, Kohr D, Tschernatsch M, Schmitz et al, PAIN
And at least as far as "Successful Intravenous Regional Block with Low-Dose Tumor Necrosis Factor-[Alpha] Antibody, etc." is concerned, I don't see anything more nefarious at play than the sad state of funding for biomedical research in the United States: even though at least 10% of the adult population suffers from some form of a chronic pain condition, in - I believe - 2010 the total amount spent on pain studies of any kind represented only 0.6%
of the grants awarded by the NIH. And there's a strait forward explanation: due to the ever shrinking budget for all things science in the federal budget (and next year looks like the worst since the Soviet's launched Sputnik) the NIH tends to favor studies with matching industry money
. And therein lies the rub: private dollars will be spent only on those drugs and devices that still have a healthy patent life. In one "swell foop" that takes care of infusions of any kind with generic anesthetics: whether ketamine infusions or continuous regional anesthesia.
To put this in focus, I've put the following and admittedly absurd scenario to a number of doctors in academic medical practice: Imagine that there are 100 published case reports and small studies showing complete cures in patients with severe psoriasis who took a Nembutal and then removed all their clothes and walked around naked for two hours every night on either side of Midnight [Standard Time] for the five nights straddling the full moon, during each of the three months straddling the summer solstice, would the NIH fund a study of 400 - 500 matched pairs of subjects, where one of the two took the barbiturate and the other a placebo. And in my under-powered and non-randomized survey, I got only one answer. No.
And studies with even brand new TNF[a]-antibodies are unlikely to receive as much as a donation of enough medication to run a study. Why? Because the idea of independent researchers running a study with any statistical value on a drug that's already been approved for release is fundamentally abhorrent; if significant side-effects in populations of "real patients," including those with "co-morbid" conditions that might have been excluded or at the least "minimized" in earlier industry-sponsored studies, then that information would have to work its way into the FDA-approved "prescribing information." Indeed, "after-market" information of this sort has resulted in the recall of medications for as long as the FDA has had jurisdiction over the use and distribution of prescription drugs. Why risk a good thing when the potential upside to the manufacturer would be a trivial amount of sales in a minor sub-market? Or so my physicians have explained the problem to me, in one case when all that was sought was a small supply of an otherwise relatively expensive drug.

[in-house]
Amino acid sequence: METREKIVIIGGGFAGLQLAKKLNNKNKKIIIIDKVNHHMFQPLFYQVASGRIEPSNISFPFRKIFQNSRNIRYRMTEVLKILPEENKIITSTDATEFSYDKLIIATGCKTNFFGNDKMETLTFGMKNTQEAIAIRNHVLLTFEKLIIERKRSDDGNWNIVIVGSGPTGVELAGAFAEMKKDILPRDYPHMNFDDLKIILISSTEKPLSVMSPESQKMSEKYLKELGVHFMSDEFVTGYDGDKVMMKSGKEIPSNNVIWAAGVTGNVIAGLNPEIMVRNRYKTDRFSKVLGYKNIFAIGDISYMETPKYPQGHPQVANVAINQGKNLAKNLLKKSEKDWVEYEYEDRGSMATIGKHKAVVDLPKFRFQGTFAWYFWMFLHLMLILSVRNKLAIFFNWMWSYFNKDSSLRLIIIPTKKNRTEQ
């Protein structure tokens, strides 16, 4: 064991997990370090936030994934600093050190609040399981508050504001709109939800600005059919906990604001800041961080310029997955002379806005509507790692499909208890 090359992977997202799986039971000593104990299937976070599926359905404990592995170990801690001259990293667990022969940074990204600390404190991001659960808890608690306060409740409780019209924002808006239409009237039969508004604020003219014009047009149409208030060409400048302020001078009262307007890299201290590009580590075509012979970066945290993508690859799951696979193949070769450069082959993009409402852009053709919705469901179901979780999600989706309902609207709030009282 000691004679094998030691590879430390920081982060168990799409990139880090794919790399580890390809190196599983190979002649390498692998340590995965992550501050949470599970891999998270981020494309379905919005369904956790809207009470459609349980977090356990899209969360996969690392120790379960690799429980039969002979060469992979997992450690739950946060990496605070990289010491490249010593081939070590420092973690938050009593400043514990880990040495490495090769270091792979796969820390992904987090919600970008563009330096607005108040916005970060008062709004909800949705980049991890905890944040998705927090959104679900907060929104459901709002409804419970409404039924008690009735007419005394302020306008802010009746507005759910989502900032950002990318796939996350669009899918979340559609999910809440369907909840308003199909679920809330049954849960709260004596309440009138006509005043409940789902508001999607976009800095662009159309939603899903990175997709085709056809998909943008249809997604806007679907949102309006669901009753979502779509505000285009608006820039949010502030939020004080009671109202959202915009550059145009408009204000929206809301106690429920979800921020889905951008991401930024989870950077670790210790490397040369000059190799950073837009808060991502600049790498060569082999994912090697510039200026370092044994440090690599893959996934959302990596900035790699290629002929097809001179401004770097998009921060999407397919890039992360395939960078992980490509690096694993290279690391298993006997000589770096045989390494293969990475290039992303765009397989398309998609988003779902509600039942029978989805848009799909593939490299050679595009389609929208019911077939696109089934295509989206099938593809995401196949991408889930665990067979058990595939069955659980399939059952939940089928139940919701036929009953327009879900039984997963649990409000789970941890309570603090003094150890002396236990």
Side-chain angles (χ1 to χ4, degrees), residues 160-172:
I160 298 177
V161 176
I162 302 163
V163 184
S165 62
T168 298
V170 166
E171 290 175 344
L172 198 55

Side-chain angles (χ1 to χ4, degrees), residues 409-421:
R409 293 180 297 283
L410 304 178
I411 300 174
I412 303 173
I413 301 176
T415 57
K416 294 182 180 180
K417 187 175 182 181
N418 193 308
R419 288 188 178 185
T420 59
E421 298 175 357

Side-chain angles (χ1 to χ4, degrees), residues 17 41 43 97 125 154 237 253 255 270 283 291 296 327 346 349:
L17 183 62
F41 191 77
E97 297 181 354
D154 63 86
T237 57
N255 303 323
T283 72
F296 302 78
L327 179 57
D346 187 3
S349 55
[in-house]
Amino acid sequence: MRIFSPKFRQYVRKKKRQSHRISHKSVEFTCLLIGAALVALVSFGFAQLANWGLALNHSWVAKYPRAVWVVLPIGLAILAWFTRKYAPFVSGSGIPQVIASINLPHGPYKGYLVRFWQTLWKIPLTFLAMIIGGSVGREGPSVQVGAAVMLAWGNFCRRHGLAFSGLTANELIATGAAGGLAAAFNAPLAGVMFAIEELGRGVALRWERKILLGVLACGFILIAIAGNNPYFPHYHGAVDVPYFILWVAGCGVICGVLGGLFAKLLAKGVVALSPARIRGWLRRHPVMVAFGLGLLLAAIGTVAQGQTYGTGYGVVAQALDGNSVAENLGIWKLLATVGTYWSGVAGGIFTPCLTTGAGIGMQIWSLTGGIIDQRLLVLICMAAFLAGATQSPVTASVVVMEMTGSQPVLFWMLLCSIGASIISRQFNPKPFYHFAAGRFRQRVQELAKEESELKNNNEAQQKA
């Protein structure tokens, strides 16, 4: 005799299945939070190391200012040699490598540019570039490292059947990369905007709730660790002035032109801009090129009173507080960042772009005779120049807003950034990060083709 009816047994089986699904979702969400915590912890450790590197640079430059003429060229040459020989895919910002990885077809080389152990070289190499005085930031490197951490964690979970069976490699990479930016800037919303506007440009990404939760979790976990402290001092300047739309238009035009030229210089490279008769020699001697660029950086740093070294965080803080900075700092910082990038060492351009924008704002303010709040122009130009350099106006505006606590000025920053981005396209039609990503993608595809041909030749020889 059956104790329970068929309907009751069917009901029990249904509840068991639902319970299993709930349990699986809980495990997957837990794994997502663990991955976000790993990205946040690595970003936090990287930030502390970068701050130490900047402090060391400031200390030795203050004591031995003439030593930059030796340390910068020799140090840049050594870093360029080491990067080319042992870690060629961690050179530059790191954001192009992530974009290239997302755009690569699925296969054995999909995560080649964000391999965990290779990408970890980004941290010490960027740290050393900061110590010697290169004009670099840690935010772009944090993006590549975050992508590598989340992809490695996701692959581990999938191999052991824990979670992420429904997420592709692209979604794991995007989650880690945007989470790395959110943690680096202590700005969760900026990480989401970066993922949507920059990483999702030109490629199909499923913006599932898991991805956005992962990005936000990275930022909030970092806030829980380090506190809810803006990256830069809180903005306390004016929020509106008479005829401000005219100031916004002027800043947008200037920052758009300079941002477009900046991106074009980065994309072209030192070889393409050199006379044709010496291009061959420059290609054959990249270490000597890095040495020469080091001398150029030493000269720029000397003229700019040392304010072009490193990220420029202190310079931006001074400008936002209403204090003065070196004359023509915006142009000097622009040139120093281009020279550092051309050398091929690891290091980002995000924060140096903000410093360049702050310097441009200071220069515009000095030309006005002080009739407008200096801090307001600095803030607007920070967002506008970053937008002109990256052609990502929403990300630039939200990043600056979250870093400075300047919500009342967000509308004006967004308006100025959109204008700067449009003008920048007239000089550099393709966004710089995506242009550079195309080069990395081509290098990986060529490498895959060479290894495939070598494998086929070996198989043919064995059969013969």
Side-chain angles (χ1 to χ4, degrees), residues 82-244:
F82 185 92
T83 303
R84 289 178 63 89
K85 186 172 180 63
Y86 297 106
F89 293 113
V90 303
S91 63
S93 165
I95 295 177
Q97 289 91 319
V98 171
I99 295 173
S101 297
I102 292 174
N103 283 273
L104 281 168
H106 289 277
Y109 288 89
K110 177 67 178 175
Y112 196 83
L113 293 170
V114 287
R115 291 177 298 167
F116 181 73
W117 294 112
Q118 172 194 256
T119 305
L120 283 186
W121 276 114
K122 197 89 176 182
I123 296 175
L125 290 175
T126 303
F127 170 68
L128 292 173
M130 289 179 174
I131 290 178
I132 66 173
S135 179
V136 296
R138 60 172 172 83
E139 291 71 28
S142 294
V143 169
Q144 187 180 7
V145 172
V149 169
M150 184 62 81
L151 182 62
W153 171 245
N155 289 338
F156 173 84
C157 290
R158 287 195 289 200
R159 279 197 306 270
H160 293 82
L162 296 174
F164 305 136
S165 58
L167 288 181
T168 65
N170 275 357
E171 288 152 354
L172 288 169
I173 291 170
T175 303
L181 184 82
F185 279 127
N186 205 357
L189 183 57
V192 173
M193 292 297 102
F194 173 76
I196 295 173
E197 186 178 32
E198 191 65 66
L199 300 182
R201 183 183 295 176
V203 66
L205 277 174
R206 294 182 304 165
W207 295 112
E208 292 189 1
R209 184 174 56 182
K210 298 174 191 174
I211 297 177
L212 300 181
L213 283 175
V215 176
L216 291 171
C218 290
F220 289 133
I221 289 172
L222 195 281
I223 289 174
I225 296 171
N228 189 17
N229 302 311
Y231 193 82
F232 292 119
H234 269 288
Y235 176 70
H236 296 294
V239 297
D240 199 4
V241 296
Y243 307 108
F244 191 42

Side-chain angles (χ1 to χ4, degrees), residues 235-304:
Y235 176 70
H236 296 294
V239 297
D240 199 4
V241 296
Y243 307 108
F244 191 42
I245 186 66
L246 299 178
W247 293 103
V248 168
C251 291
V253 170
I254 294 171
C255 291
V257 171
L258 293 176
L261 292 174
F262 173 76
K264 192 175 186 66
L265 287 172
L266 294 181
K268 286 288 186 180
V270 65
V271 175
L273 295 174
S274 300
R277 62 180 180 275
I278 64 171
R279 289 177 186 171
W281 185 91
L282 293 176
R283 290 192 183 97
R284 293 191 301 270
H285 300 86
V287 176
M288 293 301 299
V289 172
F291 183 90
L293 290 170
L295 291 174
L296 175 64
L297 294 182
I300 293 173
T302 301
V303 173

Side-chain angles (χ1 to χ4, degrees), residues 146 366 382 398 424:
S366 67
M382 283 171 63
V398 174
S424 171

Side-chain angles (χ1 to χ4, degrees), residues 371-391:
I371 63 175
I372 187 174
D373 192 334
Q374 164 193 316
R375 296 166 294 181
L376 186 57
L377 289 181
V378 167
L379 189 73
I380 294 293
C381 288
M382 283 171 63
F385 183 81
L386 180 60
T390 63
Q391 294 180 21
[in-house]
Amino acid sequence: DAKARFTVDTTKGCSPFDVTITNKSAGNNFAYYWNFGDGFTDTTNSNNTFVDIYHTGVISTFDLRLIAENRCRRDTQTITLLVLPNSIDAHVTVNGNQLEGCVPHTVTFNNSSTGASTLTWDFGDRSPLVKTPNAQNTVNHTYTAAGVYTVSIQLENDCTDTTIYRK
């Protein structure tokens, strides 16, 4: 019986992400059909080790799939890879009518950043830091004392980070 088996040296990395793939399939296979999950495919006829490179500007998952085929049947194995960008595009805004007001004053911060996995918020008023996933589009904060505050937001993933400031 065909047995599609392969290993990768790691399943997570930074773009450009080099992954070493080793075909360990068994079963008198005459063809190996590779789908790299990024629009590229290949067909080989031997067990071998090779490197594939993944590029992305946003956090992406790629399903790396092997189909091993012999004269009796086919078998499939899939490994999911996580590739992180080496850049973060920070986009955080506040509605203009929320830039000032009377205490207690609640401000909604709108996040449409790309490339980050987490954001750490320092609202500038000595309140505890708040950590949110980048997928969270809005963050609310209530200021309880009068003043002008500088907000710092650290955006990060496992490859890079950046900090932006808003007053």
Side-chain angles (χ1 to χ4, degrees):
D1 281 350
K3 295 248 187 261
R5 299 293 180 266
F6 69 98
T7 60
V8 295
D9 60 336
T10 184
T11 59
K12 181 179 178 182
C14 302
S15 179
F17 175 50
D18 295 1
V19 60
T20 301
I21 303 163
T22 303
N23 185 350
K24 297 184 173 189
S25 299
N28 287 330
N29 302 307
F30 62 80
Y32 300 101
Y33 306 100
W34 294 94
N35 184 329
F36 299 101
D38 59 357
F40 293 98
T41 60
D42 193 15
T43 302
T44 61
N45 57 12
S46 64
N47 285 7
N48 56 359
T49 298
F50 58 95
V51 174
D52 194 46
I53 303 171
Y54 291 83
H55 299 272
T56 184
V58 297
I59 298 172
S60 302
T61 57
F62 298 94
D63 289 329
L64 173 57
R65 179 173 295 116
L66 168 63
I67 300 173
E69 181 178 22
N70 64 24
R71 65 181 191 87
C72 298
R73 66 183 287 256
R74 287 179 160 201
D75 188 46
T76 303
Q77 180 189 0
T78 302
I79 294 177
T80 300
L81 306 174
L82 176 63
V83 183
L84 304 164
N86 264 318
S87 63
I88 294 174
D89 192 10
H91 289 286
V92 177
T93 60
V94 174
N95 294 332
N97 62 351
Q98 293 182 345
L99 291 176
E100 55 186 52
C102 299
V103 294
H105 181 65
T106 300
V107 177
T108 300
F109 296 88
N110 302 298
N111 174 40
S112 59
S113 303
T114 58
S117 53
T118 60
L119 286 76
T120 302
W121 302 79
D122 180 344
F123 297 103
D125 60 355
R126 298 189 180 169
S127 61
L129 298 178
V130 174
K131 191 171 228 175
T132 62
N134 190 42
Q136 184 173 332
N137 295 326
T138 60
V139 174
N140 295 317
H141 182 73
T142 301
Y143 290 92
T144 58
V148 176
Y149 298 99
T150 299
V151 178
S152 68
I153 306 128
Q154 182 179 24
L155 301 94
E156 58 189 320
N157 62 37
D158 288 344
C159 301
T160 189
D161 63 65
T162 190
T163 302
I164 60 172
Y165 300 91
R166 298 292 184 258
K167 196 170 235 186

Further complicating the issue is the role of for-profit insurance companies, who have become accustomed to very large, double-blind multi-center Phase III testing, before large pharmaceutical firms (Big Parma) finally gets FDA approval to market a drug that has cost $1B or more to bring to bring to market. And of that, according to a recent report of Forbes, over 90% of the total development cost can be in Phase III (final) testing alone
! Enter the for-profit medical insurance companies, and suddenly it's very easy to deny coverage for a procedure that might require a week's hospitalization, sometimes utilizing an ICU. All it takes is to adopt the position that they will approve only those procedures supported by the "best medical evidence," which means the equivalence of Phase III resting, even if the drug at issue has long been approved by the FDA for other uses. And if the money isn't there to do the large scale testing these standards mandate, gosh, that's too bad. See, generally, Evidence-based medicine -Wikipedia article
, at Section 6, Limitations and criticism
All that said, I have to hope that the work of Drs. Buckenmaier et al, will pay off and be published in a major journal, such as Pain, and will have the effect of bringing the civilian practice of pain medicine in the U.S., notwithstanding their kicking and screaming, at last into the 21st Century, and on account of which, fresh cases of CRPS will gradually atop entering the system. At which point, the remaining attention of CRPS practitioners will necessary be focused on the remaining patient, with “old and cold” cases. And how that will be accomplished is necessarily the subject of later threads. That said, at least over the next decade, my guess is that the greatest amount of progress will be made in the fields of neuromodulation, but that remains to be seen.